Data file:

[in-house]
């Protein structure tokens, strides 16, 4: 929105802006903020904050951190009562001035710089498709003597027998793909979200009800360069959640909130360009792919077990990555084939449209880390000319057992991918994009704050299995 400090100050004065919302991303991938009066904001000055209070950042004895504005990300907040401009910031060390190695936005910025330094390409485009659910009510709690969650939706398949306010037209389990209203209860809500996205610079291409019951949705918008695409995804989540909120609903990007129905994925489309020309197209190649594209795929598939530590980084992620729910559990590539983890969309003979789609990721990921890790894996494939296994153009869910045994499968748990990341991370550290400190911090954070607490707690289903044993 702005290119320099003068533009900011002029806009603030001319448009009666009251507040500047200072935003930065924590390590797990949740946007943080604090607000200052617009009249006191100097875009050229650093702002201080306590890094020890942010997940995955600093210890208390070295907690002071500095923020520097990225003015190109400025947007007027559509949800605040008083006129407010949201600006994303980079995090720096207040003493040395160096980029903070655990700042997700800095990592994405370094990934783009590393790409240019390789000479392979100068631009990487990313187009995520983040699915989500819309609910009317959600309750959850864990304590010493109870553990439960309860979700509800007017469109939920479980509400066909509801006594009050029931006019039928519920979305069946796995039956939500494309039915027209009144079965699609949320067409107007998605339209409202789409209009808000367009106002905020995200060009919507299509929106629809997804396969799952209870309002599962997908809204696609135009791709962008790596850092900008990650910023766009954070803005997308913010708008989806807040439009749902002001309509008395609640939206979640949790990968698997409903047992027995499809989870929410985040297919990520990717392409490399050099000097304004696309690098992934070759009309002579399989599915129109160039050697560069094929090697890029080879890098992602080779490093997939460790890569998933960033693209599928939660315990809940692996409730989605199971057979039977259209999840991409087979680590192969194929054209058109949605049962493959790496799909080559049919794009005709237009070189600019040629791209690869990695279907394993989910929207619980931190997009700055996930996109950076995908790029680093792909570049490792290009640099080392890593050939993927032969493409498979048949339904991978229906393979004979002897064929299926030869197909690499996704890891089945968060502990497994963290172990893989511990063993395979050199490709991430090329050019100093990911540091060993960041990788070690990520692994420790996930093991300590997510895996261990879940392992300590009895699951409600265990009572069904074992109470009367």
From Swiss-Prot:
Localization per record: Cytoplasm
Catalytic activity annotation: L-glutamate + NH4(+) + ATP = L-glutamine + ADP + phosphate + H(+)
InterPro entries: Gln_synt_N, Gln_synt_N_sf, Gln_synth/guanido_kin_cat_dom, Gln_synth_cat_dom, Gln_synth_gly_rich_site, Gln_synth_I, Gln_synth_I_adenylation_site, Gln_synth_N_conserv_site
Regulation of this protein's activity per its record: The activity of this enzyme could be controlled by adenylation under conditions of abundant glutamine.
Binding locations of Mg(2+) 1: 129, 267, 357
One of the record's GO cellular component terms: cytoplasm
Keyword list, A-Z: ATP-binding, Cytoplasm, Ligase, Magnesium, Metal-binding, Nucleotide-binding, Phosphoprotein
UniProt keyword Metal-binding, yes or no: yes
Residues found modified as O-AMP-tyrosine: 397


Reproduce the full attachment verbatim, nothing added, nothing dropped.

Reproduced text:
[in-house]
């Protein structure tokens, strides 16, 4: 929105802006903020904050951190009562001035710089498709003597027998793909979200009800360069959640909130360009792919077990990555084939449209880390000319057992991918994009704050299995 400090100050004065919302991303991938009066904001000055209070950042004895504005990300907040401009910031060390190695936005910025330094390409485009659910009510709690969650939706398949306010037209389990209203209860809500996205610079291409019951949705918008695409995804989540909120609903990007129905994925489309020309197209190649594209795929598939530590980084992620729910559990590539983890969309003979789609990721990921890790894996494939296994153009869910045994499968748990990341991370550290400190911090954070607490707690289903044993 702005290119320099003068533009900011002029806009603030001319448009009666009251507040500047200072935003930065924590390590797990949740946007943080604090607000200052617009009249006191100097875009050229650093702002201080306590890094020890942010997940995955600093210890208390070295907690002071500095923020520097990225003015190109400025947007007027559509949800605040008083006129407010949201600006994303980079995090720096207040003493040395160096980029903070655990700042997700800095990592994405370094990934783009590393790409240019390789000479392979100068631009990487990313187009995520983040699915989500819309609910009317959600309750959850864990304590010493109870553990439960309860979700509800007017469109939920479980509400066909509801006594009050029931006019039928519920979305069946796995039956939500494309039915027209009144079965699609949320067409107007998605339209409202789409209009808000367009106002905020995200060009919507299509929106629809997804396969799952209870309002599962997908809204696609135009791709962008790596850092900008990650910023766009954070803005997308913010708008989806807040439009749902002001309509008395609640939206979640949790990968698997409903047992027995499809989870929410985040297919990520990717392409490399050099000097304004696309690098992934070759009309002579399989599915129109160039050697560069094929090697890029080879890098992602080779490093997939460790890569998933960033693209599928939660315990809940692996409730989605199971057979039977259209999840991409087979680590192969194929054209058109949605049962493959790496799909080559049919794009005709237009070189600019040629791209690869990695279907394993989910929207619980931190997009700055996930996109950076995908790029680093792909570049490792290009640099080392890593050939993927032969493409498979048949339904991978229906393979004979002897064929299926030869197909690499996704890891089945968060502990497994963290172990893989511990063993395979050199490709991430090329050019100093990911540091060993960041990788070690990520692994420790996930093991300590997510895996261990879940392992300590009895699951409600265990009572069904074992109470009367």
From Swiss-Prot:
Localization per record: Cytoplasm
Catalytic activity annotation: L-glutamate + NH4(+) + ATP = L-glutamine + ADP + phosphate + H(+)
InterPro entries: Gln_synt_N, Gln_synt_N_sf, Gln_synth/guanido_kin_cat_dom, Gln_synth_cat_dom, Gln_synth_gly_rich_site, Gln_synth_I, Gln_synth_I_adenylation_site, Gln_synth_N_conserv_site
Regulation of this protein's activity per its record: The activity of this enzyme could be controlled by adenylation under conditions of abundant glutamine.
Binding locations of Mg(2+) 1: 129, 267, 357
One of the record's GO cellular component terms: cytoplasm
Keyword list, A-Z: ATP-binding, Cytoplasm, Ligase, Magnesium, Metal-binding, Nucleotide-binding, Phosphoprotein
UniProt keyword Metal-binding, yes or no: yes
Residues found modified as O-AMP-tyrosine: 397